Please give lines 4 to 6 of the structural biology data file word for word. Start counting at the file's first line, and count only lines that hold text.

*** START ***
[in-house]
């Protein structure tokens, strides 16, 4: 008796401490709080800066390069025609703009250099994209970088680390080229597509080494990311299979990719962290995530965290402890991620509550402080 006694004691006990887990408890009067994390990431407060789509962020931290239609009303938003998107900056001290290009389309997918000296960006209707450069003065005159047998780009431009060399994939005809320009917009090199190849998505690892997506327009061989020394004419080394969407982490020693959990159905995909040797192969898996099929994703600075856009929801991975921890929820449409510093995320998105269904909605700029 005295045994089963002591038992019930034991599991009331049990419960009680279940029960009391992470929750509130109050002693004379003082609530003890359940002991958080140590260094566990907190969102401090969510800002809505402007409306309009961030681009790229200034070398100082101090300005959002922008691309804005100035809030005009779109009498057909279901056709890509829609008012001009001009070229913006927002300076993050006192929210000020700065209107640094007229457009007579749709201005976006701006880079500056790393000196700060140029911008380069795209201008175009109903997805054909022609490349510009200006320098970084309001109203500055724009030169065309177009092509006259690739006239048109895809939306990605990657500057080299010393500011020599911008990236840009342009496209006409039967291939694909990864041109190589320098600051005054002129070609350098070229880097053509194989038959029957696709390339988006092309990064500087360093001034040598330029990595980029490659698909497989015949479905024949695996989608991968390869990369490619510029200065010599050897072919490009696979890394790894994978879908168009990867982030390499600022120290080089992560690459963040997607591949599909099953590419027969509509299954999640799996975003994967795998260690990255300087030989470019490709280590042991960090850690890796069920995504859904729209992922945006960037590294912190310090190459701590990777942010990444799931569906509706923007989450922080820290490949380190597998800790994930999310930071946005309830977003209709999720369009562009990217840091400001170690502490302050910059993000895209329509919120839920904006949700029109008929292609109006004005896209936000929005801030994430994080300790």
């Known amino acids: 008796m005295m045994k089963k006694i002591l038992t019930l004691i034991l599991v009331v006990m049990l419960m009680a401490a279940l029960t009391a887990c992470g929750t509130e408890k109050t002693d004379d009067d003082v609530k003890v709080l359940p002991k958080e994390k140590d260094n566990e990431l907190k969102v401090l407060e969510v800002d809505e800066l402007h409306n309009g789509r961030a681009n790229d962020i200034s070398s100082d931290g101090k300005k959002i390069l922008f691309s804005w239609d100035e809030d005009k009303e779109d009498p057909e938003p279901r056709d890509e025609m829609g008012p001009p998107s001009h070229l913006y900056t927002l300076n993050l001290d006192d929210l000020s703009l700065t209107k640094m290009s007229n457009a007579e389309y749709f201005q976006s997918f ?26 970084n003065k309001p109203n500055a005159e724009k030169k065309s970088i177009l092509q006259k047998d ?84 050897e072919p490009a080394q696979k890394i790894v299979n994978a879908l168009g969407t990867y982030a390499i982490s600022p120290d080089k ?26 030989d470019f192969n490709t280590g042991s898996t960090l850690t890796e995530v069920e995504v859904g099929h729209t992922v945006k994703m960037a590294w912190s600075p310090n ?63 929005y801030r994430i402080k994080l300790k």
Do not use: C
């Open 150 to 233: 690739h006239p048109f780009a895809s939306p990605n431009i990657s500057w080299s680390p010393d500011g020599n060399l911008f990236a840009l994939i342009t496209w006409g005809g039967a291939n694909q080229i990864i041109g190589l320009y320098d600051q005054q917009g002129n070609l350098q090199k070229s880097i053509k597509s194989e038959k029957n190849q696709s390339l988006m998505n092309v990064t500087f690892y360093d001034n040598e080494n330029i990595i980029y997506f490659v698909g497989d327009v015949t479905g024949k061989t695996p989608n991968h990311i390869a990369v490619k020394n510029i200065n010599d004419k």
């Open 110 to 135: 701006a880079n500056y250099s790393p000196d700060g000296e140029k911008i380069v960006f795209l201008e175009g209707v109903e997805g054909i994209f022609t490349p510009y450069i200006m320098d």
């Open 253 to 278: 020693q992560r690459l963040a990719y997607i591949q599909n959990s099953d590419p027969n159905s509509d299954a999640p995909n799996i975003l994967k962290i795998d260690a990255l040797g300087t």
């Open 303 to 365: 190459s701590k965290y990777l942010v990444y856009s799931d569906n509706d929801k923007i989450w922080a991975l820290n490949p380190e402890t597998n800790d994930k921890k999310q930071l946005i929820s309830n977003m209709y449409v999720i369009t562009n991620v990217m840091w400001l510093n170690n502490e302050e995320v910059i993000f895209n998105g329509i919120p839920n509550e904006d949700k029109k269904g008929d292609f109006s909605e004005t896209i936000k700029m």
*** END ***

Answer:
Do not use: C
């Open 150 to 233: 690739h006239p048109f780009a895809s939306p990605n431009i990657s500057w080299s680390p010393d500011g020599n060399l911008f990236a840009l994939i342009t496209w006409g005809g039967a291939n694909q080229i990864i041109g190589l320009y320098d600051q005054q917009g002129n070609l350098q090199k070229s880097i053509k597509s194989e038959k029957n190849q696709s390339l988006m998505n092309v990064t500087f690892y360093d001034n040598e080494n330029i990595i980029y997506f490659v698909g497989d327009v015949t479905g024949k061989t695996p989608n991968h990311i390869a990369v490619k020394n510029i200065n010599d004419k």
């Open 110 to 135: 701006a880079n500056y250099s790393p000196d700060g000296e140029k911008i380069v960006f795209l201008e175009g209707v109903e997805g054909i994209f022609t490349p510009y450069i200006m320098d």